When I was little*, I considered the woods to be my own personal playground. The house couldn’t hold me and once outside, my imagination ran wild. I built houses for the fairies that I knew lived in the woods. They were extravagant castles with stick turrets and moss walls. I left the fairies notes scrawled in the mud and I knew they liked their homes because they wrote back and told me so! I would leave them presents that would be gone when I checked back the next day. I saw them, too. At night, little lights would dance around the woods. They weren’t afraid of me so they showed me how they played and danced. They knew they could trust me.
Then one day, I wandered into my mother’s room and noticed a box on her bed. It was full of the presents I had given to the fairies. It broke my heart. This wasn’t Santa Clause or the Easter Bunny, this was my reality coming undone.
I might not leave presents out for the fairies in the woods anymore but I do believe in their presence. I believe in energy and the magic that inspires my artwork. If I hadn’t played in those woods as a child, I may not have ended up as the artist I am today. Let your imagination run wild and don’t listen to people who tell you you’re acting silly or that something isn’t real. Go out and play in the woods. Most importantly: play. As an artist, of any kind, that is our job. When we play, we inspire others to do so. This is our job, our livelihood: to entertain and inspire. Hold on to childhood memories as a well for your purest time of creativity. Do not be afraid to mine from it, as it is bottomless.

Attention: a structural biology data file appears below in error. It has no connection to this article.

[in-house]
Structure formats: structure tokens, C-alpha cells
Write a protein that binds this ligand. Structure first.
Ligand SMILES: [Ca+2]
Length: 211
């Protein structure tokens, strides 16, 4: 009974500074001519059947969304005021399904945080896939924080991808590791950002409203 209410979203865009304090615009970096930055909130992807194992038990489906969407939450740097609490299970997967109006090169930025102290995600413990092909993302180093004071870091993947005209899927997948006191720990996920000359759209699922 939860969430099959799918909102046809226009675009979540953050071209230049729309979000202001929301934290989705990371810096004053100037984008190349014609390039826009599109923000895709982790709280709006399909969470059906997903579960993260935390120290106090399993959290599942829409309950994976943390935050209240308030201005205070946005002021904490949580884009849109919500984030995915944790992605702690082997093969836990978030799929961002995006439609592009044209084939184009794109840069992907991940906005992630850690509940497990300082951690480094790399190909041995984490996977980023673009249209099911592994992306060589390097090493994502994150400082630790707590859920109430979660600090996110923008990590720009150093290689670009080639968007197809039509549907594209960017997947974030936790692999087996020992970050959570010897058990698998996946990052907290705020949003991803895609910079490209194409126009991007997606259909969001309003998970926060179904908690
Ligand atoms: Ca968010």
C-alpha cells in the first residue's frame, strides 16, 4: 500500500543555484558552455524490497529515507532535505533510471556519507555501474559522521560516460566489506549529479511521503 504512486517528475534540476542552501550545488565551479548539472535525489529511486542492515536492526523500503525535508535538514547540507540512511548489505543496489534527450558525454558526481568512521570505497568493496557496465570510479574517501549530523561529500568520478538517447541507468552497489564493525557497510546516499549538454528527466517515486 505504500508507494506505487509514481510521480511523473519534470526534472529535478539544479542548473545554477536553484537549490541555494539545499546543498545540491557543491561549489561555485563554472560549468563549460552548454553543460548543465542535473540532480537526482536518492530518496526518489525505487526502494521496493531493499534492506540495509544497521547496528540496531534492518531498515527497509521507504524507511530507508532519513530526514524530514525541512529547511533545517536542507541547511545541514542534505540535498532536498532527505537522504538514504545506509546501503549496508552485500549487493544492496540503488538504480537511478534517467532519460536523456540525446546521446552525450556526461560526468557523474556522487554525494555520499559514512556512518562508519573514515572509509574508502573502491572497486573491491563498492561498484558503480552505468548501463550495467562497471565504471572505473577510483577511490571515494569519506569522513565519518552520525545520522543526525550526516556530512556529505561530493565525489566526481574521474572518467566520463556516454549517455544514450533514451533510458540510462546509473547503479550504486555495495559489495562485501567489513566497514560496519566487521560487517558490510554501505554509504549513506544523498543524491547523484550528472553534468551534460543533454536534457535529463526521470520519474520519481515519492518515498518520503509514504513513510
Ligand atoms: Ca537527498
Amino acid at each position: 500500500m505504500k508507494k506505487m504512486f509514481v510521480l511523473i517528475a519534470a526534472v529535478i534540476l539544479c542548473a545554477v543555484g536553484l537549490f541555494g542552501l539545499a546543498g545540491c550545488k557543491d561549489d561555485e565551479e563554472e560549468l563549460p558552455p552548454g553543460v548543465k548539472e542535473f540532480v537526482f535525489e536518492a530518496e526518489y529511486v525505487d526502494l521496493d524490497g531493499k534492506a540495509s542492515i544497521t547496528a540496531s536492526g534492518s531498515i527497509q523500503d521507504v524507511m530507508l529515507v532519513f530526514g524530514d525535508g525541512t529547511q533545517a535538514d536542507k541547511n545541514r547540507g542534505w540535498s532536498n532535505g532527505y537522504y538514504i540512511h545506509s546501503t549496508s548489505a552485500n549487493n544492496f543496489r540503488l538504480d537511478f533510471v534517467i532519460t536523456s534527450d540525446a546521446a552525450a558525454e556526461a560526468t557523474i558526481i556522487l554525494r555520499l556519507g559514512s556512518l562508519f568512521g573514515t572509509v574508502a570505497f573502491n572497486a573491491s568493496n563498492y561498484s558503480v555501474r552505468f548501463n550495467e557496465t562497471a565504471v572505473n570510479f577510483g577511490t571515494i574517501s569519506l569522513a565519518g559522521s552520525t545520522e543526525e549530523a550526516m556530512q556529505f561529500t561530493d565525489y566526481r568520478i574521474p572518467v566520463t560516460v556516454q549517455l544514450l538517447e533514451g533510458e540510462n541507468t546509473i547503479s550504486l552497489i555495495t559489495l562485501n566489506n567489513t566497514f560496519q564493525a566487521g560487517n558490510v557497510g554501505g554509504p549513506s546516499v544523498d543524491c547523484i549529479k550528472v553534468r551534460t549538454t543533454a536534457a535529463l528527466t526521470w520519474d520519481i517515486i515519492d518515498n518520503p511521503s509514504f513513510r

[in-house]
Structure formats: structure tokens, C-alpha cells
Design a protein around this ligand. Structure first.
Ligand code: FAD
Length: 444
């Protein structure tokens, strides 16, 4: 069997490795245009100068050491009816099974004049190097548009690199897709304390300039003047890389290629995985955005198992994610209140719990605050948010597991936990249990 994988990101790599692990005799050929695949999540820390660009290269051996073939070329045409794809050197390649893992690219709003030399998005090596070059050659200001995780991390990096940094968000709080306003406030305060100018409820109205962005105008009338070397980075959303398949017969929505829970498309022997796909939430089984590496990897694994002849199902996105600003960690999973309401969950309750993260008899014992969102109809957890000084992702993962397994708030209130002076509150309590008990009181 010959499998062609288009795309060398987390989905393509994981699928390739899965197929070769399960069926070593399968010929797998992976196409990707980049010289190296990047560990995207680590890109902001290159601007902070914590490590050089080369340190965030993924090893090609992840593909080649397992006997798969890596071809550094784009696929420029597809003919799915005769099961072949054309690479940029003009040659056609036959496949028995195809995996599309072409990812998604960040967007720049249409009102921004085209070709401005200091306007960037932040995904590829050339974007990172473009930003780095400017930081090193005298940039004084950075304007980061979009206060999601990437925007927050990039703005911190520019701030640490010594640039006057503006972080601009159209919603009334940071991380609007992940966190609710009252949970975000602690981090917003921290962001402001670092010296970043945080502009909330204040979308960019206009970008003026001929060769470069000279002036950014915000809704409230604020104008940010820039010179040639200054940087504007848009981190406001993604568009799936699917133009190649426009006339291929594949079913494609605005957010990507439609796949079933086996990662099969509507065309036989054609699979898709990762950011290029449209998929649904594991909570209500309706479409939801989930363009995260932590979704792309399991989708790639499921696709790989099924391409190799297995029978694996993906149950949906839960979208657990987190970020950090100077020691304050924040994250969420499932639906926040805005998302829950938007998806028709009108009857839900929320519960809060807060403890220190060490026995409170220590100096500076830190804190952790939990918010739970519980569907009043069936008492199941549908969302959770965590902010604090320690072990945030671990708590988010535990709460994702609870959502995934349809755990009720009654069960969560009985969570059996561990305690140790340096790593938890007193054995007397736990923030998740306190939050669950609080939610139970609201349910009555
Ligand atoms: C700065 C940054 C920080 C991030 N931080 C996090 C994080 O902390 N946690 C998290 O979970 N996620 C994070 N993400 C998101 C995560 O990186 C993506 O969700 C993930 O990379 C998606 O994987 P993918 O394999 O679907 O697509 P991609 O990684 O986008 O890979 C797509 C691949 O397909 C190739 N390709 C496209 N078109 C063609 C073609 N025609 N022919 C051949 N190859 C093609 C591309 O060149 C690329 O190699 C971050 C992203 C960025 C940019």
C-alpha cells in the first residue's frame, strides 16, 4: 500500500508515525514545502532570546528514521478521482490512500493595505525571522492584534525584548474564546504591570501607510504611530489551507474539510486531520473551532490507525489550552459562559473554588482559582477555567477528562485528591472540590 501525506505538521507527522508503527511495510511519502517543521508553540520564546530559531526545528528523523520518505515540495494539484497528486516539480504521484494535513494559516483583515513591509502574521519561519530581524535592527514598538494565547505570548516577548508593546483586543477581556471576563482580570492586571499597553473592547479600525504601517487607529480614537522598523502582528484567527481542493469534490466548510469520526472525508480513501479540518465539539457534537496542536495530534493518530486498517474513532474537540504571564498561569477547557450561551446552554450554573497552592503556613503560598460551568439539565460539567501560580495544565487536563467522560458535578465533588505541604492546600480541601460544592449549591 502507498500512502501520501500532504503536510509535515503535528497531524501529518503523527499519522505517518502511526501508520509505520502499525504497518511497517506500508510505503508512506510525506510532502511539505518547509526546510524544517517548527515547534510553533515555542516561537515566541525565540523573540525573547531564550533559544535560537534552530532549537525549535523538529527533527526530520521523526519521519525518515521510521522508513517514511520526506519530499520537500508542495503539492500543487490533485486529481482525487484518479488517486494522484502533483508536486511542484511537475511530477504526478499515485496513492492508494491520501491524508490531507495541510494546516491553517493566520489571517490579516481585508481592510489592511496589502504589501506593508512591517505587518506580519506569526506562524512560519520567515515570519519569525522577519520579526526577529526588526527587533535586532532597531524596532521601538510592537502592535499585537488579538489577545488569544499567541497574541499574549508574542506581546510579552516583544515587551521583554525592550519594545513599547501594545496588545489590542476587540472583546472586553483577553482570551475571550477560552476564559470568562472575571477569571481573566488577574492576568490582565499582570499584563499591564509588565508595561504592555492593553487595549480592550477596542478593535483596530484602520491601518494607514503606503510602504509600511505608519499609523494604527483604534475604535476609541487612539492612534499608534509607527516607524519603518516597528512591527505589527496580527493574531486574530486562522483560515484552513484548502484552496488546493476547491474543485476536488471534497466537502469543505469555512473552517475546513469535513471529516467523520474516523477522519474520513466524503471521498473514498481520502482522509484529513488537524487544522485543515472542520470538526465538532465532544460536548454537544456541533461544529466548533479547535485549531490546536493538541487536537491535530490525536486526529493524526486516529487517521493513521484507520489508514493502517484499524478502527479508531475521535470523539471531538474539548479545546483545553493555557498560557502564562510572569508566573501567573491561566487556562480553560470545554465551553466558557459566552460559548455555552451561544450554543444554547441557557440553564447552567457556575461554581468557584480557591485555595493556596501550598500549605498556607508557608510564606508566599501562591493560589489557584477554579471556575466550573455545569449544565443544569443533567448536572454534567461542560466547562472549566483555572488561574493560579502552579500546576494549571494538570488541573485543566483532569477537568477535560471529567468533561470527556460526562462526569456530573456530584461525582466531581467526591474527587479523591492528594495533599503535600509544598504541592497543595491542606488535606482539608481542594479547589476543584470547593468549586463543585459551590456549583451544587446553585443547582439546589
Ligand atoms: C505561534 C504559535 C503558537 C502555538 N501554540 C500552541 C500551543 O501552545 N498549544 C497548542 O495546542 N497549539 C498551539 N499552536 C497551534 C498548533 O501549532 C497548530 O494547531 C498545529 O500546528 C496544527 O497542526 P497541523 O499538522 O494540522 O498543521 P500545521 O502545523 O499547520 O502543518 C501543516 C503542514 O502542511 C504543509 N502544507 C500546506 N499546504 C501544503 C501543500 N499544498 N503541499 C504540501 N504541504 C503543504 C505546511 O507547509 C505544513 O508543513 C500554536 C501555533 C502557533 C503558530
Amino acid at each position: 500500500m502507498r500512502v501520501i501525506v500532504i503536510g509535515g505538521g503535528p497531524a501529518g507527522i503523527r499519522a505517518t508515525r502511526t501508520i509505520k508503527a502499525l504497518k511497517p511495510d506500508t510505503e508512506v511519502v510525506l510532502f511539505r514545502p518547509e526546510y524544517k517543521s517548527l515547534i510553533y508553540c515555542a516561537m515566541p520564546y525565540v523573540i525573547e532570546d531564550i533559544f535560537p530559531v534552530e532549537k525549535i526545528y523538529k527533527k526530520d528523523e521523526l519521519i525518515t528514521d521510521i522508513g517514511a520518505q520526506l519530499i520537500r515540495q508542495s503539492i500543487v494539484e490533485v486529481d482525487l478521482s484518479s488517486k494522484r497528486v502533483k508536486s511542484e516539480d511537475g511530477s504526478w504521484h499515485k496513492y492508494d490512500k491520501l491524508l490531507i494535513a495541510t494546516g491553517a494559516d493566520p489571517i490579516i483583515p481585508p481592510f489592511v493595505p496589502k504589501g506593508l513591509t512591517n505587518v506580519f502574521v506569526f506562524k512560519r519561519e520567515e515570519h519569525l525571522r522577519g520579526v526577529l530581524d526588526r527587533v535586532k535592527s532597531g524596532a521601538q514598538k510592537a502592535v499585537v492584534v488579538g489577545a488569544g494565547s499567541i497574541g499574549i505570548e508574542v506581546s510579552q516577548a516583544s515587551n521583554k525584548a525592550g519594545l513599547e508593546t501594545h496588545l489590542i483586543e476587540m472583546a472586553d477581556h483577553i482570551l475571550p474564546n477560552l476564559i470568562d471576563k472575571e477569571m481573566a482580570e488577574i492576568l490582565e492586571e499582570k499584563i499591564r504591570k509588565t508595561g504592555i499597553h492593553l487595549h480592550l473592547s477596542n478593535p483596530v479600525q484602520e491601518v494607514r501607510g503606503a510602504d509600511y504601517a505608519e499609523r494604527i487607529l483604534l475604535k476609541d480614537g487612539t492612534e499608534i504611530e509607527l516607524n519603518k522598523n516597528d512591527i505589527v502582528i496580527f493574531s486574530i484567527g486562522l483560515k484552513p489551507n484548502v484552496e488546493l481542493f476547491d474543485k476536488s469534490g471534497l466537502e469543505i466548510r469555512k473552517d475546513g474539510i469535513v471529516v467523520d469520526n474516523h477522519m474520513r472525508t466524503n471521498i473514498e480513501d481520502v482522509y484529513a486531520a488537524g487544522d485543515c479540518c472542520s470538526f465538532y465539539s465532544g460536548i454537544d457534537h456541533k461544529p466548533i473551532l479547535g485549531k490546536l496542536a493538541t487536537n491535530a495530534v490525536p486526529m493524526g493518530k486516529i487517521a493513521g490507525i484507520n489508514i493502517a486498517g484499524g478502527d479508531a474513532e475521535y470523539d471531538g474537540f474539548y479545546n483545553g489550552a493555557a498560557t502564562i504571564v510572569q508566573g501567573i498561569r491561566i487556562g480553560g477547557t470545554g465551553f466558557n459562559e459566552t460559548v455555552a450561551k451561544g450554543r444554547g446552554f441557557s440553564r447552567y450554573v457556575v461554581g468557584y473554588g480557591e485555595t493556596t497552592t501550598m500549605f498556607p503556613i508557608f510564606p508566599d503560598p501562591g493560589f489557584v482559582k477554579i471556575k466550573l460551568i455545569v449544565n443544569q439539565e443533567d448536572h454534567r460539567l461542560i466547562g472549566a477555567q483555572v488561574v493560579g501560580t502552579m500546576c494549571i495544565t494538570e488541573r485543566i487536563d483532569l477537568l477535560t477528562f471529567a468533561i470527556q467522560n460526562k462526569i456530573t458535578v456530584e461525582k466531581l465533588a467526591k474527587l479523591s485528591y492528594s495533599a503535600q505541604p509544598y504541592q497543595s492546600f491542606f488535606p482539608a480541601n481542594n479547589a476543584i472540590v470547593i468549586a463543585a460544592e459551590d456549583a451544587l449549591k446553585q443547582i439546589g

I am a fairy
I am a witch
I am a mermaid
I am a muse.
Call it whatever you want, but life is more interesting when you believe in something outside of your everyday tangible existence.
*This anecdote was related to me by Eleanor
“Ballybetagh Woods” by Catherine Nelson from Imaginary Landscapes